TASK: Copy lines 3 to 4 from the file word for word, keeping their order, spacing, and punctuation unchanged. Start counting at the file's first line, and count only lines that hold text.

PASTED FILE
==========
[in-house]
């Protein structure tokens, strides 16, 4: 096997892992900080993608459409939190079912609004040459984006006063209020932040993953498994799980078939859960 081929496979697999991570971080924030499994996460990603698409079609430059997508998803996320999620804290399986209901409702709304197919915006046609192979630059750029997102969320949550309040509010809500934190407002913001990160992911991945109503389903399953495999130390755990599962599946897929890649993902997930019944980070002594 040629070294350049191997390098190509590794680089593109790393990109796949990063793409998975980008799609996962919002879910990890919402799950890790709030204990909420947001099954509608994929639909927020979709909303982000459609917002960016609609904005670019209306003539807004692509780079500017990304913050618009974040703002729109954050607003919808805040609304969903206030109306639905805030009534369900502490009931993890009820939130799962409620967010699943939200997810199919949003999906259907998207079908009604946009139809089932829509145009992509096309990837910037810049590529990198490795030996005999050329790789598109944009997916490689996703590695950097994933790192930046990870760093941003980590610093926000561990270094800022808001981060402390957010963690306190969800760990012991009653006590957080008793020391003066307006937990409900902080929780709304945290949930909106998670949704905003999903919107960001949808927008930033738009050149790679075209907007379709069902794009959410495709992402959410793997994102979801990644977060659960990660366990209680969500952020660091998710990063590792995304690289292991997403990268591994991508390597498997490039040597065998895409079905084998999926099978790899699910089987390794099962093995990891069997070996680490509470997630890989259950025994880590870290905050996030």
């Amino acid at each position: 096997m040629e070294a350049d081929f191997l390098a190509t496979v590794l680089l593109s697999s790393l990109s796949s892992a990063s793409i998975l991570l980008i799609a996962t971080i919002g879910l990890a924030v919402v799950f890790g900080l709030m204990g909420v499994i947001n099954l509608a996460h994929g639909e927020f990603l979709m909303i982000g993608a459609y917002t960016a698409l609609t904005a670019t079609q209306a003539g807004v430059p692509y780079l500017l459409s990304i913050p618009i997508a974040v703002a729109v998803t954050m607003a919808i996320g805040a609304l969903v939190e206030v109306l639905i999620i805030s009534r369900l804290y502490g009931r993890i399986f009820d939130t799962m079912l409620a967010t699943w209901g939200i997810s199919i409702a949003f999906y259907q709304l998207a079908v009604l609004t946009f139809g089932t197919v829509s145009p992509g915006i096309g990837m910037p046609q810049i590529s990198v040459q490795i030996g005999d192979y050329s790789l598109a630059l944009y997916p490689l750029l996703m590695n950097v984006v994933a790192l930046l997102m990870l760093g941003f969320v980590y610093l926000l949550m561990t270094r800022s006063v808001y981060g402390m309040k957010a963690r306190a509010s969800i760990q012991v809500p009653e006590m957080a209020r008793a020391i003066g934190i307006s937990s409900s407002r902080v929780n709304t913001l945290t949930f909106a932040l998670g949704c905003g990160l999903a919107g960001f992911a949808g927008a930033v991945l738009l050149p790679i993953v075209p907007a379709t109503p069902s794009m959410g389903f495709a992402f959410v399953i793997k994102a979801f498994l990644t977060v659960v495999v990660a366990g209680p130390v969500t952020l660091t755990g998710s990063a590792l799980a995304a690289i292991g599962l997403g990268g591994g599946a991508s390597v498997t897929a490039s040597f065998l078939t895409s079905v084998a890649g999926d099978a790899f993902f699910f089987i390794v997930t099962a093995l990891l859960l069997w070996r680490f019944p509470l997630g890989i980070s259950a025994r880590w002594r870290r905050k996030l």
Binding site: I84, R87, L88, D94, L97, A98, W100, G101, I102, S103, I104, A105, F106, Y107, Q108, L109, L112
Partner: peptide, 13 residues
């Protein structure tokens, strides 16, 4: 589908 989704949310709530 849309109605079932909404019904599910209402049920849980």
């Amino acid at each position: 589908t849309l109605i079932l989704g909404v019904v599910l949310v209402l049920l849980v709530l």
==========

């Amino acid at each position: 096997m040629e070294a350049d081929f191997l390098a190509t496979v590794l680089l593109s697999s790393l990109s796949s892992a990063s793409i998975l991570l980008i799609a996962t971080i919002g879910l990890a924030v919402v799950f890790g900080l709030m204990g909420v499994i947001n099954l509608a996460h994929g639909e927020f990603l979709m909303i982000g993608a459609y917002t960016a698409l609609t904005a670019t079609q209306a003539g807004v430059p692509y780079l500017l459409s990304i913050p618009i997508a974040v703002a729109v998803t954050m607003a919808i996320g805040a609304l969903v939190e206030v109306l639905i999620i805030s009534r369900l804290y502490g009931r993890i399986f009820d939130t799962m079912l409620a967010t699943w209901g939200i997810s199919i409702a949003f999906y259907q709304l998207a079908v009604l609004t946009f139809g089932t197919v829509s145009p992509g915006i096309g990837m910037p046609q810049i590529s990198v040459q490795i030996g005999d192979y050329s790789l598109a630059l944009y997916p490689l750029l996703m590695n950097v984006v994933a790192l930046l997102m990870l760093g941003f969320v980590y610093l926000l949550m561990t270094r800022s006063v808001y981060g402390m309040k957010a963690r306190a509010s969800i760990q012991v809500p009653e006590m957080a209020r008793a020391i003066g934190i307006s937990s409900s407002r902080v929780n709304t913001l945290t949930f909106a932040l998670g949704c905003g990160l999903a919107g960001f992911a949808g927008a930033v991945l738009l050149p790679i993953v075209p907007a379709t109503p069902s794009m959410g389903f495709a992402f959410v399953i793997k994102a979801f498994l990644t977060v659960v495999v990660a366990g209680p130390v969500t952020l660091t755990g998710s990063a590792l799980a995304a690289i292991g599962l997403g990268g591994g599946a991508s390597v498997t897929a490039s040597f065998l078939t895409s079905v084998a890649g999926d099978a790899f993902f699910f089987i390794v997930t099962a093995l990891l859960l069997w070996r680490f019944p509470l997630g890989i980070s259950a025994r880590w002594r870290r905050k996030l």
Binding site: I84, R87, L88, D94, L97, A98, W100, G101, I102, S103, I104, A105, F106, Y107, Q108, L109, L112